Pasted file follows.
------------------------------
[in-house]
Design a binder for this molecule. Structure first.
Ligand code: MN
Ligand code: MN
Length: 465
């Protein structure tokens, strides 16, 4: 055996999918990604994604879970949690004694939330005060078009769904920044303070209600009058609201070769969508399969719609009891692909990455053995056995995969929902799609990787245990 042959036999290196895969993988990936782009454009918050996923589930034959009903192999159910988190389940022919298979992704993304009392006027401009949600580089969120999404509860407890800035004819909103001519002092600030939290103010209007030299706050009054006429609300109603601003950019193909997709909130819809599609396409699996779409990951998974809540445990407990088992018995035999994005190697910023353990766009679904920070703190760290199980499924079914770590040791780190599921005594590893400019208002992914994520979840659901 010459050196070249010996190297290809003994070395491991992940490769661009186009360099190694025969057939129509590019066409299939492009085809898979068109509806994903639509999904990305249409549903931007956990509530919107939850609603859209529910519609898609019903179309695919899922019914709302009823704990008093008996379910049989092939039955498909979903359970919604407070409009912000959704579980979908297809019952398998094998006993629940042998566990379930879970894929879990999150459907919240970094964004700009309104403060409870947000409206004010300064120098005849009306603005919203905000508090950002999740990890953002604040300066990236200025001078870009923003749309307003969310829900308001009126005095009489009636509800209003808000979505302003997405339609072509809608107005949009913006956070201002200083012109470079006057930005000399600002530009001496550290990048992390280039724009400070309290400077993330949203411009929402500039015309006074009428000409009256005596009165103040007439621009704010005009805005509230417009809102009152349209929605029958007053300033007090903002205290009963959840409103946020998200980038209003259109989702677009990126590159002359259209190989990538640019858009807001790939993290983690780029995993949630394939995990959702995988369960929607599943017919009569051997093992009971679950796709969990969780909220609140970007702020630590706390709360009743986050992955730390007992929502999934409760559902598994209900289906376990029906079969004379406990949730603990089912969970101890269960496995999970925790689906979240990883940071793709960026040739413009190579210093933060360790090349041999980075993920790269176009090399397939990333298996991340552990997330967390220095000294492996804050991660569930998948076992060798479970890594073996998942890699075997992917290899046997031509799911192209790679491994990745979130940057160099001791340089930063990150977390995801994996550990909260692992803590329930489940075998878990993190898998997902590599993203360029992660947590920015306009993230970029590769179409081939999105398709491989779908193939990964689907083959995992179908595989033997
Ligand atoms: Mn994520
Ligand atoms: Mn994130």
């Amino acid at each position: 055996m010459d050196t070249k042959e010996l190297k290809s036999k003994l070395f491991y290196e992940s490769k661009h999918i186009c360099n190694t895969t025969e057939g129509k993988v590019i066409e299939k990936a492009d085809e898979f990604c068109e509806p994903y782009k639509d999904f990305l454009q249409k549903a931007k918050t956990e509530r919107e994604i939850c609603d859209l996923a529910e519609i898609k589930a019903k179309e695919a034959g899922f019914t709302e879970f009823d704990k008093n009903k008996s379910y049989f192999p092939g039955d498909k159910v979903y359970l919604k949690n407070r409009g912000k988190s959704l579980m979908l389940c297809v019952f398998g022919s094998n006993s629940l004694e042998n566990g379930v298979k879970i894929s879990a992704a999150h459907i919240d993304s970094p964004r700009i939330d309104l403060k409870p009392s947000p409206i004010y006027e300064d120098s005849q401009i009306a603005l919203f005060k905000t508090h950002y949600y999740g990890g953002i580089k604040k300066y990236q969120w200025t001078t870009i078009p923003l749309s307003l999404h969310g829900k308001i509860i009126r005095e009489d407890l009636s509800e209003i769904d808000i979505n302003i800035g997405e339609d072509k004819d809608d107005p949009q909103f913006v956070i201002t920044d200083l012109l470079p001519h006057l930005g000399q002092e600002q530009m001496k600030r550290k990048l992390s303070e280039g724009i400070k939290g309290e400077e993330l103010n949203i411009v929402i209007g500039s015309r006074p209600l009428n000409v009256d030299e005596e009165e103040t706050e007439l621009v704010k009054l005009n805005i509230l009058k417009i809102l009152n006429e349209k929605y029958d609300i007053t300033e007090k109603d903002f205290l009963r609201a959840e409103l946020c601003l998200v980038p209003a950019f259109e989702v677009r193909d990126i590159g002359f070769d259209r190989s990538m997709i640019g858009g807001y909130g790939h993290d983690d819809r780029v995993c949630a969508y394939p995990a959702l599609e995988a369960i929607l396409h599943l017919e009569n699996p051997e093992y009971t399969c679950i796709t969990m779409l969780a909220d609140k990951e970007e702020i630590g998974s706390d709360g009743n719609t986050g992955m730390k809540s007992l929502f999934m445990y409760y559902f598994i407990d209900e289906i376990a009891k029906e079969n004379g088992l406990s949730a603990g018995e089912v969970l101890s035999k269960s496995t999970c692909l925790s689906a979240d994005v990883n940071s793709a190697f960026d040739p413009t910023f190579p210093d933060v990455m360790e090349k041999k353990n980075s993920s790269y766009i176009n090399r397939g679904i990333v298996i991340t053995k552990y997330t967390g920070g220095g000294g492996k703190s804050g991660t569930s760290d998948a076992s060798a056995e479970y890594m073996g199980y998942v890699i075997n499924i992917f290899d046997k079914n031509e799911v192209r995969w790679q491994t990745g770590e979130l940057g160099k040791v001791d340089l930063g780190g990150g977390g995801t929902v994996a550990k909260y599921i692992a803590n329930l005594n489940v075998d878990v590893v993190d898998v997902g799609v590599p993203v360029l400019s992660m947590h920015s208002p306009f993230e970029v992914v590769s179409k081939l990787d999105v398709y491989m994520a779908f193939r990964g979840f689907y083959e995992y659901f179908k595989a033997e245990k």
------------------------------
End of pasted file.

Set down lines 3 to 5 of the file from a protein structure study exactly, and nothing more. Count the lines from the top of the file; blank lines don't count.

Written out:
Ligand code: MN
Ligand code: MN
Length: 465